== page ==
Psychometric Properties of the Parental Belief Scale for Mothers of Critically-Ill and Hospitalized Children

2.50
Hdl Handle:
http://hdl.handle.net/10755/147294
Type:
Presentation
Title:
Psychometric Properties of the Parental Belief Scale for Mothers of Critically-Ill and Hospitalized Children
Abstract:
Psychometric Properties of the Parental Belief Scale for Mothers of Critically-Ill and Hospitalized Children
Conference Sponsor:Sigma Theta Tau International
Conference Year:2003
Author:Melnyk, Bernadette Mazurek, PhD, RN, CPNP, PMHNP, FAAN
P.I. Institution Name:University of Rochester
Title:Associate Dean for Research and Director, Center for Research & Evidence-Based Practice & PNP Program
Co-Authors:Nancy Fischbeck Feinstein, RNC, PhD; Joanne Layton, MS, RN; Mary Maher, MS, RN; Kathy Peterson-Sweeney, MS, RN, CPNP; Mary Riccelli, MS, RN, PMHNP; Bonnie Walden, MS, RN
The purpose of this study was to determine the validity and the reliability of a 20-item Likert scale constructed to measure parental beliefs about their hospitalized children’s emotional and behavioral responses to hospitalization and their role in facilitating their children’s adjustment. In a series of 3 randomized clinical trials, this construct was hypothesized to mediate the effects of a parent-focused intervention program on the coping outcomes of mothers of hospitalized and critically ill young children. A theoretical framework comprised of self-regulation and control theories was used to develop the 20 item parental belief scale. The PBS was initially developed from a comprehensive review of the literature on parenting during hospitalization. Psychometric testing was performed on data obtained from 3 intervention studies with mothers of hospitalized and critically ill children, with a combined total sample of 273 subjects. Content and face validity was established by a panel of experts and a group of mothers. Construct validity was assessed by a Principal Components Analysis with a varimax rotation. Factor analysis yielded support for two factors (i.e., parental beliefs about their children and beliefs about their role), which accounted for 42.8 percent of the variance in the scale. The PBS also was found to be predictive of the mothers’ coping outcomes. Cronbach alphas for the two subscales were .85 and .79 respectively and .89 for the total scale. Psychometric testing supports the validity and reliability of the IPS. Ideally, this instrument could be used as an early hospital assessment tool to identify mothers who are at high risk for poor coping outcomes during and following their children’s hospitalizations so that early interventions can be implemented to prevent negative outcomes.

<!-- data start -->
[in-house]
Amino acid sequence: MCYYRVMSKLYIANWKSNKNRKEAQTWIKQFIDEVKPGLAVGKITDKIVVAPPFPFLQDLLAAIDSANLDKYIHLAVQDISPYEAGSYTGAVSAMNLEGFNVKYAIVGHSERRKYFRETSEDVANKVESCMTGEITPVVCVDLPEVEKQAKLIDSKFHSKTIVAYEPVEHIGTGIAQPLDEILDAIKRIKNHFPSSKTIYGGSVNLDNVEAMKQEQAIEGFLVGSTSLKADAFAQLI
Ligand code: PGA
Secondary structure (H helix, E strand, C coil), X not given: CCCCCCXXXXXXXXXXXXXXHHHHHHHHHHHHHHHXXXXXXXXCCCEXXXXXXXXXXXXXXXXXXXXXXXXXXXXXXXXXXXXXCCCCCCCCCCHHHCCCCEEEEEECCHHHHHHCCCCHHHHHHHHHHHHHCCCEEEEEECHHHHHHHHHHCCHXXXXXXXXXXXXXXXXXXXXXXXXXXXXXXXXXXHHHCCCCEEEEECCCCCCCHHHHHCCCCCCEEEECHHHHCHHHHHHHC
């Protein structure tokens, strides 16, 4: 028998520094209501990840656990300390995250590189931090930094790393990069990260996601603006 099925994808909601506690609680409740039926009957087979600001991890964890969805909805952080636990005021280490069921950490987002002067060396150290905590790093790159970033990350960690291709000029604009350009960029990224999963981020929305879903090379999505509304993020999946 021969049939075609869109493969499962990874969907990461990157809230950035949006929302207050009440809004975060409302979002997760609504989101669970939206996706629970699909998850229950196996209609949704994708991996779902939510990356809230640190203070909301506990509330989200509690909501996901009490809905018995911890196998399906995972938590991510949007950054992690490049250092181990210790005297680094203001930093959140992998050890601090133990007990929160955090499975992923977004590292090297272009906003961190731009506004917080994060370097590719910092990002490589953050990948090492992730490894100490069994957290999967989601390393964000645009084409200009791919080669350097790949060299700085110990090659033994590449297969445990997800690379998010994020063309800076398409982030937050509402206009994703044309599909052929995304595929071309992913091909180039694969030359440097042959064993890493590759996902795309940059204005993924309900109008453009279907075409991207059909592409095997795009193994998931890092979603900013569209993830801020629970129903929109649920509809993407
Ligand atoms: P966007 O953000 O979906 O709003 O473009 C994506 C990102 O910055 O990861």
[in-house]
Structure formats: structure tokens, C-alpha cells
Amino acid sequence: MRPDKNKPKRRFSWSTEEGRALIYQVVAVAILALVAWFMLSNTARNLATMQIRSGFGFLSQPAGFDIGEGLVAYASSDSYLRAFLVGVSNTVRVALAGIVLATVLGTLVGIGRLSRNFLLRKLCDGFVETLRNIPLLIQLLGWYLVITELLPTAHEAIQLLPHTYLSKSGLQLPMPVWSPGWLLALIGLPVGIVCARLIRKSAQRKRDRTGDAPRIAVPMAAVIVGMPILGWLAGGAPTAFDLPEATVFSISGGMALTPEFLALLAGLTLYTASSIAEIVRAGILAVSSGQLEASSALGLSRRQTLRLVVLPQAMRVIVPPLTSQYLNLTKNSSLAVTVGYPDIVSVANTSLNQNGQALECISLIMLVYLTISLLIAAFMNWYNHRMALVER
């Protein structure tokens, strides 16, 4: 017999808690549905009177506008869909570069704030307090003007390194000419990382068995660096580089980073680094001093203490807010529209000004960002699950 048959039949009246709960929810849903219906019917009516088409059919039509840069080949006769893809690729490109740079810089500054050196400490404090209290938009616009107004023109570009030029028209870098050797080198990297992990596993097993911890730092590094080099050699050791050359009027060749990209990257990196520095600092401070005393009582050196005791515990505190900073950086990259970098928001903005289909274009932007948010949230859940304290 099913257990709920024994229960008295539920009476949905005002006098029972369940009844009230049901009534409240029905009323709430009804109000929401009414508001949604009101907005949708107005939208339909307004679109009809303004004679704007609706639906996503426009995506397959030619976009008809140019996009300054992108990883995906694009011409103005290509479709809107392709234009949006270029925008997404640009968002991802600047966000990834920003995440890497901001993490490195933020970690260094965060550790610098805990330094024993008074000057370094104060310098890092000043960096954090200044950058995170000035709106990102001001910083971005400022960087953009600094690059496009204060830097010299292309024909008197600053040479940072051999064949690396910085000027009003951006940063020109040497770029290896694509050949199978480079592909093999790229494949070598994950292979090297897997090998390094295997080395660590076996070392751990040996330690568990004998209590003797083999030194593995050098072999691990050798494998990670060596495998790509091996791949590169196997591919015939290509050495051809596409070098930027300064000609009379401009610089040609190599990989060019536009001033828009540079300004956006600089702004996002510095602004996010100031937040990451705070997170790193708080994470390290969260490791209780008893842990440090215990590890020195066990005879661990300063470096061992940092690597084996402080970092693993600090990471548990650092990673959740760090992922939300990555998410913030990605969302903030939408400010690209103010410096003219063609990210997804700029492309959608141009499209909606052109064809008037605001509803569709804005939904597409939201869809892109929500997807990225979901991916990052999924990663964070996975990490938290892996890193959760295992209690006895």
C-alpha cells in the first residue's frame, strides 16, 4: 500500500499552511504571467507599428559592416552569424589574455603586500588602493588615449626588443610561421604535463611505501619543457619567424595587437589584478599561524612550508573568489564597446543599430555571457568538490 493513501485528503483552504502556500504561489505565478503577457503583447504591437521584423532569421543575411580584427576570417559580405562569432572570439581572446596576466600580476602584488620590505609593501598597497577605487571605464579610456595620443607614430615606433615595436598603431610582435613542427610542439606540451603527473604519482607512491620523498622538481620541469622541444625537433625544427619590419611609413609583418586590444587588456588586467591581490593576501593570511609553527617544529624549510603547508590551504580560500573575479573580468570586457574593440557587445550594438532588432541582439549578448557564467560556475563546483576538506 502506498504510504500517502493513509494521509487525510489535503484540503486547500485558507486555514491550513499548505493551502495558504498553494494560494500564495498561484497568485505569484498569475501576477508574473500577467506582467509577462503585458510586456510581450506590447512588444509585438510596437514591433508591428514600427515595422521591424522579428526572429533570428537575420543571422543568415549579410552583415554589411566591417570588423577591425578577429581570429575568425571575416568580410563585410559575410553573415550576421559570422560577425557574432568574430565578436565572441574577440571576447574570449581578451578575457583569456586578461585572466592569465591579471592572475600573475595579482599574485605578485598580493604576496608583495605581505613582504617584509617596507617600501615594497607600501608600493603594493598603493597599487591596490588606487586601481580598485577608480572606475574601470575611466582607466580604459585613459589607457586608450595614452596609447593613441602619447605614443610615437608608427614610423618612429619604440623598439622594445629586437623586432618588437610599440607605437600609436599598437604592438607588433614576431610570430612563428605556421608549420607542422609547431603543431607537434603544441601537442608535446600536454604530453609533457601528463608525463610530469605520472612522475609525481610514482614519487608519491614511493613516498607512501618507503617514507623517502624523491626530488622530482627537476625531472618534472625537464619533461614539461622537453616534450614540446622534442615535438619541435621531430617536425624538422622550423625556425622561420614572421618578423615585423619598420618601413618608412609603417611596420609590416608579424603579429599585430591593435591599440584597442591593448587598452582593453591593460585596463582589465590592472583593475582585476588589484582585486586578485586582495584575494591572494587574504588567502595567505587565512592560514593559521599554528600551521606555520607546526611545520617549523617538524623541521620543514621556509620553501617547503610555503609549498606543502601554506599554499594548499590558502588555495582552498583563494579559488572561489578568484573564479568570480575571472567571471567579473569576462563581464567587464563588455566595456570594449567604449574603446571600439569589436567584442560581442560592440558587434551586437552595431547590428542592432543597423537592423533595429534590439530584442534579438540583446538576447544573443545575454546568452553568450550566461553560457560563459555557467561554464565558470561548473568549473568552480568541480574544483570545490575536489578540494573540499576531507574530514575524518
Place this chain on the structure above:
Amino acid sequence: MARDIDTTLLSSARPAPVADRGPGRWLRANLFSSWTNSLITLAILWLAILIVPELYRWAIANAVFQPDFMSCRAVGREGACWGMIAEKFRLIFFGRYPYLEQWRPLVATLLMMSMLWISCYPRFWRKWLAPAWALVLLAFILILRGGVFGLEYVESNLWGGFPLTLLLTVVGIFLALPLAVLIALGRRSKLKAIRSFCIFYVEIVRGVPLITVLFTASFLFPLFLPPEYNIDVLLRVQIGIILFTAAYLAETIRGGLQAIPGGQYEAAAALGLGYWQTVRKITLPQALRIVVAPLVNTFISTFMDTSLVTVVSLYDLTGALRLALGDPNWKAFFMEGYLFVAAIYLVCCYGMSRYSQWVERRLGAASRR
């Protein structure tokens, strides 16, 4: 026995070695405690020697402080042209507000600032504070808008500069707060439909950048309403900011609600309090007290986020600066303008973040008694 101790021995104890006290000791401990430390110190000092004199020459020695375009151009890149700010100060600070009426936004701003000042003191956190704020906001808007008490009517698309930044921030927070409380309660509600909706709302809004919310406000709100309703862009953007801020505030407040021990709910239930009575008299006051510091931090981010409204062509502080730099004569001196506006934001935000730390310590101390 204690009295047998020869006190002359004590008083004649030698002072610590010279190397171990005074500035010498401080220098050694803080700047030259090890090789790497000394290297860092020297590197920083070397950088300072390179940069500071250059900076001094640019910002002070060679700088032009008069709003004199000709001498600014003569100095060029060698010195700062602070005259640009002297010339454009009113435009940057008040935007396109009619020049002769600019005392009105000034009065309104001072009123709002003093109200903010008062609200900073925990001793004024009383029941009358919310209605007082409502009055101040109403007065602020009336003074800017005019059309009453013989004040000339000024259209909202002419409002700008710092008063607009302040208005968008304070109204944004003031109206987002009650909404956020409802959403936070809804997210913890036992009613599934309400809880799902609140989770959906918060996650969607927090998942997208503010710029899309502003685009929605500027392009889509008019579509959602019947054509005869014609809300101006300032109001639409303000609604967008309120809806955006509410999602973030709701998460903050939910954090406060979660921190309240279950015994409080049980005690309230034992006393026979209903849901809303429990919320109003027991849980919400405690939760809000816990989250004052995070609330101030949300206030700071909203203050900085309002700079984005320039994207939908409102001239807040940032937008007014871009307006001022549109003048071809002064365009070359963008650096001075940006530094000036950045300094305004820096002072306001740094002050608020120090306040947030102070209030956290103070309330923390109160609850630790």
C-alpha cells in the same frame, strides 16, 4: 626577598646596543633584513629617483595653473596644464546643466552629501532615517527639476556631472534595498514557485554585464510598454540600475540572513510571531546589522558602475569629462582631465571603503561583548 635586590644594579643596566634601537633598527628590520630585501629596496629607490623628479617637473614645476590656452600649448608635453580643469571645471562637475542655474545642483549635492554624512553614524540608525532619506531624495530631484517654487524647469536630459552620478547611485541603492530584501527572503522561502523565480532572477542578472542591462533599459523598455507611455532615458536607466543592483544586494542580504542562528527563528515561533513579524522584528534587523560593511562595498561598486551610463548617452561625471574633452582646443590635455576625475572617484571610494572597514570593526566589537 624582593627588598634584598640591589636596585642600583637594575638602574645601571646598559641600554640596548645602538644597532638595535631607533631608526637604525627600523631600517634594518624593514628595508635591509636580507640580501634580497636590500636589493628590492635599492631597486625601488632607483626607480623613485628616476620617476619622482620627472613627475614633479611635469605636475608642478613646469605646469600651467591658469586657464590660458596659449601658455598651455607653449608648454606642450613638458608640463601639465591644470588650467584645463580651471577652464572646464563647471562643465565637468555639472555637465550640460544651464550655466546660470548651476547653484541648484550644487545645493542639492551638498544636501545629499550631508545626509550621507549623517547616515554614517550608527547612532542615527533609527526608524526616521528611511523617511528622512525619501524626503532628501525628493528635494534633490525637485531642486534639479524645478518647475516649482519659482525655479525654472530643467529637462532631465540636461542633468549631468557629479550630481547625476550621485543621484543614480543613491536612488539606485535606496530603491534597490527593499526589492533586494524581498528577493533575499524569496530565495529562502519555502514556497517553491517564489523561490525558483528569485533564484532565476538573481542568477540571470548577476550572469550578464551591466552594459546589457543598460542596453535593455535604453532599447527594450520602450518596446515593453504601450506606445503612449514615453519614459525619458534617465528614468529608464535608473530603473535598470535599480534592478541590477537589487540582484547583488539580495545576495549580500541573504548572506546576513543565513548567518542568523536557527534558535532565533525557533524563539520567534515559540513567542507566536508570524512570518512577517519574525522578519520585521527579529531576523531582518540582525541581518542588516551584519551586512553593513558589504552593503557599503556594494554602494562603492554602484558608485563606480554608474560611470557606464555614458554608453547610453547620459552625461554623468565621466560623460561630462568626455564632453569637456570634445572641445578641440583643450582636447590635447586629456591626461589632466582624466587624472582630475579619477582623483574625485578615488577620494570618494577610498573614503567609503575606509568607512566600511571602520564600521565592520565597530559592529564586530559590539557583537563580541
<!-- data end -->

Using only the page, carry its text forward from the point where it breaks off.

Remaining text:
Repository Posting Date:
26-Oct-2011
Date of Publication:
17-Oct-2011
Sponsors:
Sigma Theta Tau International

Full metadata record

DC FieldValue Language
dc.typePresentationen_GB
dc.titlePsychometric Properties of the Parental Belief Scale for Mothers of Critically-Ill and Hospitalized Childrenen_GB
dc.identifier.urihttp://hdl.handle.net/10755/147294-